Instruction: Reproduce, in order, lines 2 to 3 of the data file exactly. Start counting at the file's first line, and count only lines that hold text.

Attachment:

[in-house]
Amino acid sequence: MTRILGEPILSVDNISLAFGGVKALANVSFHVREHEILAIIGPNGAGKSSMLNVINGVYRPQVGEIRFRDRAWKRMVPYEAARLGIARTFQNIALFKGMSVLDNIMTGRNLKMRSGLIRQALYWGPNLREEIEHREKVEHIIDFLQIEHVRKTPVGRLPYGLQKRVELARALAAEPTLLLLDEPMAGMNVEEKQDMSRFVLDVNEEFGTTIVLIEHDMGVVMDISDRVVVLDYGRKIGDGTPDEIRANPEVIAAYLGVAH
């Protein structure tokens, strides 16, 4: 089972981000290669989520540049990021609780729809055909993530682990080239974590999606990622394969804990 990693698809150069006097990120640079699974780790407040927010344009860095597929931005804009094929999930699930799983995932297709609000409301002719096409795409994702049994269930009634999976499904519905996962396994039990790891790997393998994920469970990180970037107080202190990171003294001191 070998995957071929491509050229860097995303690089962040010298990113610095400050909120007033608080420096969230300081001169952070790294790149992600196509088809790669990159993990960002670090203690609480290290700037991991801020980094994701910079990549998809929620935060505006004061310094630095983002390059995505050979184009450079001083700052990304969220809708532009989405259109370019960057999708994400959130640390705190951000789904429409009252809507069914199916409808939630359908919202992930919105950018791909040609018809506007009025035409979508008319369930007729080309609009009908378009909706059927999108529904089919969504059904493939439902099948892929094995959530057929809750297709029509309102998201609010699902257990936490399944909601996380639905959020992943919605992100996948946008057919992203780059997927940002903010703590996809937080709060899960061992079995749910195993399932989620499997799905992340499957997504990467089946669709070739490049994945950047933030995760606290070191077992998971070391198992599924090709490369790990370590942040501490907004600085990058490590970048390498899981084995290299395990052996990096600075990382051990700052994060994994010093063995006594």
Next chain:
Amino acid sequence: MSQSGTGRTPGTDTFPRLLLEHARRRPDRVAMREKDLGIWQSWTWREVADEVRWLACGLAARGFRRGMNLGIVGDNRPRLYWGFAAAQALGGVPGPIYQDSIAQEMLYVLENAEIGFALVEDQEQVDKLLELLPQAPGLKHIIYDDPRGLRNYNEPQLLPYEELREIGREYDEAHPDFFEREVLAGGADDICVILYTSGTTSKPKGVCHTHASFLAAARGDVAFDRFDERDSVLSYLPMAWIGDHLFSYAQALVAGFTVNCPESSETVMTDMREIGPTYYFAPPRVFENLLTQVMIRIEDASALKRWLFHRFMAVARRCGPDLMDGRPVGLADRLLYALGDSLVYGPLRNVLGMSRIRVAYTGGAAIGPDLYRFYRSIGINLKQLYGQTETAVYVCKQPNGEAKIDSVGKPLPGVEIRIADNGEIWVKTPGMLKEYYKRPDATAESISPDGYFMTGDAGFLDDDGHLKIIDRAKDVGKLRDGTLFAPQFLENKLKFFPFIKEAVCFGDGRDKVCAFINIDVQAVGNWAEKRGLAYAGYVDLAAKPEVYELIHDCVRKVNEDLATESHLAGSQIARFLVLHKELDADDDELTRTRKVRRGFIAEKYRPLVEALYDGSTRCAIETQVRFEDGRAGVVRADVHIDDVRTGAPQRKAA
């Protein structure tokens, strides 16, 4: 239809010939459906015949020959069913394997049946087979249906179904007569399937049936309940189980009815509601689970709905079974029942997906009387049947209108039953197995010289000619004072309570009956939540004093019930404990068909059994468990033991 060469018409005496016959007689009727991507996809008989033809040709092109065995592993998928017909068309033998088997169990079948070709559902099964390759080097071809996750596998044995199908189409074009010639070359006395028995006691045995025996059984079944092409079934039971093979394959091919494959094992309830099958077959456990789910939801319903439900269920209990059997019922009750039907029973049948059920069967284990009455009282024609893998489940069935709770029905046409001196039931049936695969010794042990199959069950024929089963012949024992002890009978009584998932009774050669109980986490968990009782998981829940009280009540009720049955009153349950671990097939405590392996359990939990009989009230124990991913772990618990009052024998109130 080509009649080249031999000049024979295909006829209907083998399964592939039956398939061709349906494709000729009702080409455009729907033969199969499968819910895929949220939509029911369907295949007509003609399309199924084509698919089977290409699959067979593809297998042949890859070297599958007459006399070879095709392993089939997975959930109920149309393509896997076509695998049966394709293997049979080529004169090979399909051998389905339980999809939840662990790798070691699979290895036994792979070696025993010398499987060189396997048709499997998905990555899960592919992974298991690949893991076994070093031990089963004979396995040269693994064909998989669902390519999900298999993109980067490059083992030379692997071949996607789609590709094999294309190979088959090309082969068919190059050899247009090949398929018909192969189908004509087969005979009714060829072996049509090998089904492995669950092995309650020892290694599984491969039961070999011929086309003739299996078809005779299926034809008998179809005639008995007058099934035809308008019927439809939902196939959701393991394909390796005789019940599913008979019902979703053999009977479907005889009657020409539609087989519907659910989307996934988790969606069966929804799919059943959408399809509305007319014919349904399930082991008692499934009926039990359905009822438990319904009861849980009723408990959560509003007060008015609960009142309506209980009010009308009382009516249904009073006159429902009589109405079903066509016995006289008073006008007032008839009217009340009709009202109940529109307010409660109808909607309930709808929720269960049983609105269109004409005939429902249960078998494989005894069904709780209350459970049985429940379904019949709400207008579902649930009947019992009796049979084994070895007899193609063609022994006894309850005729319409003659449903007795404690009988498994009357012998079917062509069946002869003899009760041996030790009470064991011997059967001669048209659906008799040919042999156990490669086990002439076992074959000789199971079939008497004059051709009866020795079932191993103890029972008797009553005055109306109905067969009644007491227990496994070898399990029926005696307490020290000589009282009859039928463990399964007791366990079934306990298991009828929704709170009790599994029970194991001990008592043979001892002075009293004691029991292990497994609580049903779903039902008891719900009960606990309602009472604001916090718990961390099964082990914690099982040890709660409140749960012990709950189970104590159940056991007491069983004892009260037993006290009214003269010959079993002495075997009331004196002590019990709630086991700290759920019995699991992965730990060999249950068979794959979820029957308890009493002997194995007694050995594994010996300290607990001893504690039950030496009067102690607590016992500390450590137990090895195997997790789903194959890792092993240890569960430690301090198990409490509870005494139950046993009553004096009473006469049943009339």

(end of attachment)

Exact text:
Amino acid sequence: MTRILGEPILSVDNISLAFGGVKALANVSFHVREHEILAIIGPNGAGKSSMLNVINGVYRPQVGEIRFRDRAWKRMVPYEAARLGIARTFQNIALFKGMSVLDNIMTGRNLKMRSGLIRQALYWGPNLREEIEHREKVEHIIDFLQIEHVRKTPVGRLPYGLQKRVELARALAAEPTLLLLDEPMAGMNVEEKQDMSRFVLDVNEEFGTTIVLIEHDMGVVMDISDRVVVLDYGRKIGDGTPDEIRANPEVIAAYLGVAH
């Protein structure tokens, strides 16, 4: 089972981000290669989520540049990021609780729809055909993530682990080239974590999606990622394969804990 990693698809150069006097990120640079699974780790407040927010344009860095597929931005804009094929999930699930799983995932297709609000409301002719096409795409994702049994269930009634999976499904519905996962396994039990790891790997393998994920469970990180970037107080202190990171003294001191 070998995957071929491509050229860097995303690089962040010298990113610095400050909120007033608080420096969230300081001169952070790294790149992600196509088809790669990159993990960002670090203690609480290290700037991991801020980094994701910079990549998809929620935060505006004061310094630095983002390059995505050979184009450079001083700052990304969220809708532009989405259109370019960057999708994400959130640390705190951000789904429409009252809507069914199916409808939630359908919202992930919105950018791909040609018809506007009025035409979508008319369930007729080309609009009908378009909706059927999108529904089919969504059904493939439902099948892929094995959530057929809750297709029509309102998201609010699902257990936490399944909601996380639905959020992943919605992100996948946008057919992203780059997927940002903010703590996809937080709060899960061992079995749910195993399932989620499997799905992340499957997504990467089946669709070739490049994945950047933030995760606290070191077992998971070391198992599924090709490369790990370590942040501490907004600085990058490590970048390498899981084995290299395990052996990096600075990382051990700052994060994994010093063995006594």